McLachlan, Robert Iain (1990) Separated viscous flows via multigrid. Dissertation (Ph.D.), California Institute of Technology. http://resolver.caltech.edu/CaltechETD:etd-03122007-112956
A multigrid code is developed to solve general systems of convection-diffusion equations when the diffusion terms are small, i.e., when the Reynolds number is large. Various upwinding, artificial viscosity and defect correction schemes are considered and compared. The code is applied to the Navier-Stokes equations for various flow configurations and used to study boundary layer separation from a leading edge, with ensuing formation of a downstream eddy. The asymptotic ("triple deck") theory of separation is developed for this case, following Sychev, and compared to the numerical calculations at Reynolds numbers of up to 5000. Much better qualitative agreement is obtained than has been reported previously. Together with a plausible choice of two free parameters, the data can be extrapolated to infinite Reynolds number, giving quantitative agreement with triple deck theory with errors of 20% or less. The development of a region of constant vorticity is observed in the downstream eddy, and the global infinite Reynolds number limit is a Prandtl-Batchelor flow; however, when the plate is stationary, the occurrence of secondary separation suggests that the limiting flow contains an infinite sequence of eddies behind the separation point. Secondary separation can be averted by driving the plate, and in this case the limit is a single-vortex Prandtl-Batchelor flow of the type found by Moore, Saffman and Tanveer (1988); we make detailed, encouraging comparisons of the vortex sheet strength and position. By altering the boundary condition on the plate we obtain viscous eddies that approximate different members of the family of inviscid solutions. The code is also used to calculate the flow over a finite flat plate aligned with a uniform free stream; in that case, earlier conflicting results about higher-order corrections to the boundary layer are explained, and the triple deck generally believed to be established around the trailing edge is found to be consistent with the numerical results. There remains a large displacement-like effect in the boundary layer, whose exact origin is unclear.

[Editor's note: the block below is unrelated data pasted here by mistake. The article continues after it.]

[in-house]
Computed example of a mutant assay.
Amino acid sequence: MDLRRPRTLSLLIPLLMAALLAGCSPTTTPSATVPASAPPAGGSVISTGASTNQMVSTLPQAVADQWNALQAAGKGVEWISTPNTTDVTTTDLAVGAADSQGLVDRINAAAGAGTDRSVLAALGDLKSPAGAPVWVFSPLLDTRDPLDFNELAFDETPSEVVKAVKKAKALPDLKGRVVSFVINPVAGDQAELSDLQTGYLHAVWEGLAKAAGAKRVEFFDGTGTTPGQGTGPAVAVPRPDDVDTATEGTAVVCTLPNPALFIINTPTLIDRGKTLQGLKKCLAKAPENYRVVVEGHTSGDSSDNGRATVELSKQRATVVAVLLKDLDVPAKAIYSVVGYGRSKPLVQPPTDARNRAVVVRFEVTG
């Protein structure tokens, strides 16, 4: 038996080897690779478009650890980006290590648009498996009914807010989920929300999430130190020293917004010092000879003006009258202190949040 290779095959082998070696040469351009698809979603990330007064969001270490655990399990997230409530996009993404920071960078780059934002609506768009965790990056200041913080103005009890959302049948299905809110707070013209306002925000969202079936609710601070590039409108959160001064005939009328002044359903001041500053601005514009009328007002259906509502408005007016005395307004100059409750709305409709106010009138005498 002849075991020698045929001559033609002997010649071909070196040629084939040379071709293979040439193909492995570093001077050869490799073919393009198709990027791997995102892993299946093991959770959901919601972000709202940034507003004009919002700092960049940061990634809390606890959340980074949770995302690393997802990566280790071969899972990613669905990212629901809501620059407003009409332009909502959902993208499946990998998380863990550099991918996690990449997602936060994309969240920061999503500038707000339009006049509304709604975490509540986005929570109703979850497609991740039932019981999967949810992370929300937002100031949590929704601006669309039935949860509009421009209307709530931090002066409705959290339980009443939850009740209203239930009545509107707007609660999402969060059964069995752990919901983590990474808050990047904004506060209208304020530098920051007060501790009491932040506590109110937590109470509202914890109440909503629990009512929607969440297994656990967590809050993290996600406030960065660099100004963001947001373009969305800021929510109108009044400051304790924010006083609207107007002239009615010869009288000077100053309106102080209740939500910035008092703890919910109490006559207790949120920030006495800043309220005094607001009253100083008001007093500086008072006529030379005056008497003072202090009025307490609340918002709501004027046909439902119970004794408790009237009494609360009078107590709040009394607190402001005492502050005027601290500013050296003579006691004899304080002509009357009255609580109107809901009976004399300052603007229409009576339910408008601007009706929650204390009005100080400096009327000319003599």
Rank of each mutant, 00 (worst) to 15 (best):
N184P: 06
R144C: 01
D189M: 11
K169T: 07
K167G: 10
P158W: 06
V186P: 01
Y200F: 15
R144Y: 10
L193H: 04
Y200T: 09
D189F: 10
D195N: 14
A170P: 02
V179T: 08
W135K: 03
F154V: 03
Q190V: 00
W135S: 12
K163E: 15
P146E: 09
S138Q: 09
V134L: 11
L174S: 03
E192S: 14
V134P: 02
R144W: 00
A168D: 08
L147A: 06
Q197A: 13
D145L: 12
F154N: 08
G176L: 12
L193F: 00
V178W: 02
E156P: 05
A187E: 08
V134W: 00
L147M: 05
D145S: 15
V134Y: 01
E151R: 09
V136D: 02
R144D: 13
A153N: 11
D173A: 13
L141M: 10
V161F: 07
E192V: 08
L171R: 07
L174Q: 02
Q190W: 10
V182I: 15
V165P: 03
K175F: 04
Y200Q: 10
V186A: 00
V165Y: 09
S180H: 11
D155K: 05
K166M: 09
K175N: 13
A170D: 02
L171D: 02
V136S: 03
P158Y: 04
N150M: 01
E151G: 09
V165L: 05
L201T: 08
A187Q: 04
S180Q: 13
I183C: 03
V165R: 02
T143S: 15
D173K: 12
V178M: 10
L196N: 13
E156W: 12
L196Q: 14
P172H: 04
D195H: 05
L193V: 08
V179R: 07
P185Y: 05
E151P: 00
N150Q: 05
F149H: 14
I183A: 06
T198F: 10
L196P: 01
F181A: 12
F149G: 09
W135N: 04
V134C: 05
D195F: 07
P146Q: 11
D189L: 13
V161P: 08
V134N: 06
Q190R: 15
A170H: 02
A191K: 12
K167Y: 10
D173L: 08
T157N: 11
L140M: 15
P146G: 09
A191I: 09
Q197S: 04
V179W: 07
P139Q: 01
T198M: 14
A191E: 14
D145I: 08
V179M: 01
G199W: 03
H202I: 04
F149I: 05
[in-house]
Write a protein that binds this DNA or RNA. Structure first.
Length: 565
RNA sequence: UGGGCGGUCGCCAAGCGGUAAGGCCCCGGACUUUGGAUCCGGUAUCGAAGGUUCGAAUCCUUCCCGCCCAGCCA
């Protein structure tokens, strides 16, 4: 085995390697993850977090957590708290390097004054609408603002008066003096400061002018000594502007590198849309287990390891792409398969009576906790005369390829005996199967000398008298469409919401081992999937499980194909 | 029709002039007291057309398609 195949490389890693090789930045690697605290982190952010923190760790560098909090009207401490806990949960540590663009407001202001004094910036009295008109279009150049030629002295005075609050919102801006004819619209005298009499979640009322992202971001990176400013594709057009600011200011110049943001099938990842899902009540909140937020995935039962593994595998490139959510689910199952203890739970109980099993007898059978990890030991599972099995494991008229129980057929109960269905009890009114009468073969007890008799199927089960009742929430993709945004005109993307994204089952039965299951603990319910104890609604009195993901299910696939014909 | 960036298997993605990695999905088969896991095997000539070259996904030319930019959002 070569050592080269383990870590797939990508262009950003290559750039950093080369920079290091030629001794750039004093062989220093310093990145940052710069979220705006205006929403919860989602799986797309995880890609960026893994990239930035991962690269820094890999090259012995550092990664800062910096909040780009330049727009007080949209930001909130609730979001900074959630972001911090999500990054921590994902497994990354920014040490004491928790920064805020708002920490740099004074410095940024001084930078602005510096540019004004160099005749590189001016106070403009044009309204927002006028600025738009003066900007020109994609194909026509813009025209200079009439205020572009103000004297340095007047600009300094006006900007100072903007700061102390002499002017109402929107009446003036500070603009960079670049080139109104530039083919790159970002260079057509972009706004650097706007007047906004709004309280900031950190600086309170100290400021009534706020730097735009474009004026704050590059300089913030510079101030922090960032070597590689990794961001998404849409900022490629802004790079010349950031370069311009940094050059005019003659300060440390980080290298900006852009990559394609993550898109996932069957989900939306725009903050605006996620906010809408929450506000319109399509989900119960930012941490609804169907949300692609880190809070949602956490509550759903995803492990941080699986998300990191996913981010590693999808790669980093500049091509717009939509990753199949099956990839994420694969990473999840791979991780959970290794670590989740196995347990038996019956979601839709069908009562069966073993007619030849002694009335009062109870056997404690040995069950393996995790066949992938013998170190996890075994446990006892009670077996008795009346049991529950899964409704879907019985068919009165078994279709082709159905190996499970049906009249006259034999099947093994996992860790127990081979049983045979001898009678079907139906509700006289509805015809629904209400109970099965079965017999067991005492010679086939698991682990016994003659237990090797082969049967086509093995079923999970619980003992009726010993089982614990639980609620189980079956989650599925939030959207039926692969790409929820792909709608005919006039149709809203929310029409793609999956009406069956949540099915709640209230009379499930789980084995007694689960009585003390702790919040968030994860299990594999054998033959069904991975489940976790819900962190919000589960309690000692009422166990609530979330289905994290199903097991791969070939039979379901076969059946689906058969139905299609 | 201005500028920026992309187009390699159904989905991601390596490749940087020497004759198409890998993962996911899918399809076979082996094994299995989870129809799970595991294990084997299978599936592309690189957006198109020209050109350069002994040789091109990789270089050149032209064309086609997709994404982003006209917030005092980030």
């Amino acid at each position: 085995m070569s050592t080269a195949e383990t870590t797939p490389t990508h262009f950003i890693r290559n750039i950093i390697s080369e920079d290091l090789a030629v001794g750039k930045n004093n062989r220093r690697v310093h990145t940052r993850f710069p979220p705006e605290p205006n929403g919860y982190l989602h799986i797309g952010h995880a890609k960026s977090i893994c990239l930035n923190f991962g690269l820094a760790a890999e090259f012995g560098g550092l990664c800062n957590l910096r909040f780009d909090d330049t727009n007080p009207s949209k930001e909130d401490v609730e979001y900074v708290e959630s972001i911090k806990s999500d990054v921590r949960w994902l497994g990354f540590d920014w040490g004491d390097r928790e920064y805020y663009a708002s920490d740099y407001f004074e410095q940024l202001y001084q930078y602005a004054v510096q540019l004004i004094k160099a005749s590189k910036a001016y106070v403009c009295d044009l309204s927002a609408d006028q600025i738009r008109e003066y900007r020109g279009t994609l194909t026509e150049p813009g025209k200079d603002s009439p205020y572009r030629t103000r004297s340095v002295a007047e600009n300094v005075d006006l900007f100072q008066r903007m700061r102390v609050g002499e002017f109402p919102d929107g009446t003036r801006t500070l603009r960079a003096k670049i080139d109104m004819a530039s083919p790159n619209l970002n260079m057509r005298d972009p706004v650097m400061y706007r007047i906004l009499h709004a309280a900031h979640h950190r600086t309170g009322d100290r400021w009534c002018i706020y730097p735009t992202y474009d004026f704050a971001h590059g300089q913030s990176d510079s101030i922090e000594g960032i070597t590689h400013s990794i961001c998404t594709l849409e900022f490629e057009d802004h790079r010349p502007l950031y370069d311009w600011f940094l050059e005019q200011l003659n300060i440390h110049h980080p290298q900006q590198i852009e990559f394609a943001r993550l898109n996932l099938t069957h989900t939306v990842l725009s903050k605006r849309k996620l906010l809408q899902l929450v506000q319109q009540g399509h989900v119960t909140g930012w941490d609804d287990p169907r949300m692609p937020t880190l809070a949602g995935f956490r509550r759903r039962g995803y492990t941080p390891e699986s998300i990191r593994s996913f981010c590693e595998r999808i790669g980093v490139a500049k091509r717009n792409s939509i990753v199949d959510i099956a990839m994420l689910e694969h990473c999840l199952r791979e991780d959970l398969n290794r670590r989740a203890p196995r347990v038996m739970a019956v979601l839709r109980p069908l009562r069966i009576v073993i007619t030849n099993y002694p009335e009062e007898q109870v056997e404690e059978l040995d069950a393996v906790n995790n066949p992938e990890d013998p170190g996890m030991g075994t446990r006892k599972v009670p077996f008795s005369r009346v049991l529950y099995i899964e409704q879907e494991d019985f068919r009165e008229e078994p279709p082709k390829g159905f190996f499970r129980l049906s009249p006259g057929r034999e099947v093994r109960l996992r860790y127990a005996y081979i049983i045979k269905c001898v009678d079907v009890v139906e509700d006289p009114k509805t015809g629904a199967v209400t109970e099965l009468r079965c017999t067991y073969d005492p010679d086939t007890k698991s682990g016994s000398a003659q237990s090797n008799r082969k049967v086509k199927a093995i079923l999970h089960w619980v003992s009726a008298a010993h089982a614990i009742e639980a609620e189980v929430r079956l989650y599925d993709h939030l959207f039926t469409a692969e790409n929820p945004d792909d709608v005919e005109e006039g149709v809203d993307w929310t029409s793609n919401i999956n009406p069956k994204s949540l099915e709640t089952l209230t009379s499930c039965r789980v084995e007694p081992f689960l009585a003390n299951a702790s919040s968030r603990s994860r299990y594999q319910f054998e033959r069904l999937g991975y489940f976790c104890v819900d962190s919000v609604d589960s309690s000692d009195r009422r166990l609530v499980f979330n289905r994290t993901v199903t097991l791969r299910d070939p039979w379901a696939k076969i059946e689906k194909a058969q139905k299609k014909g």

|Item Type:||Thesis (Dissertation (Ph.D.))|
|Subject Keywords:||Applied and Computational Mathematics|
|Degree Grantor:||California Institute of Technology|
|Division:||Engineering and Applied Science|
|Major Option:||Applied And Computational Mathematics|
|Thesis Availability:||Public (worldwide access)|
|Defense Date:||19 April 1990|
|Default Usage Policy:||No commercial reproduction, distribution, display or performance rights in this work are provided.|
|Deposited By:||Imported from ETD-db|
|Deposited On:||20 Mar 2007|
|Last Modified:||26 Dec 2012 02:33|
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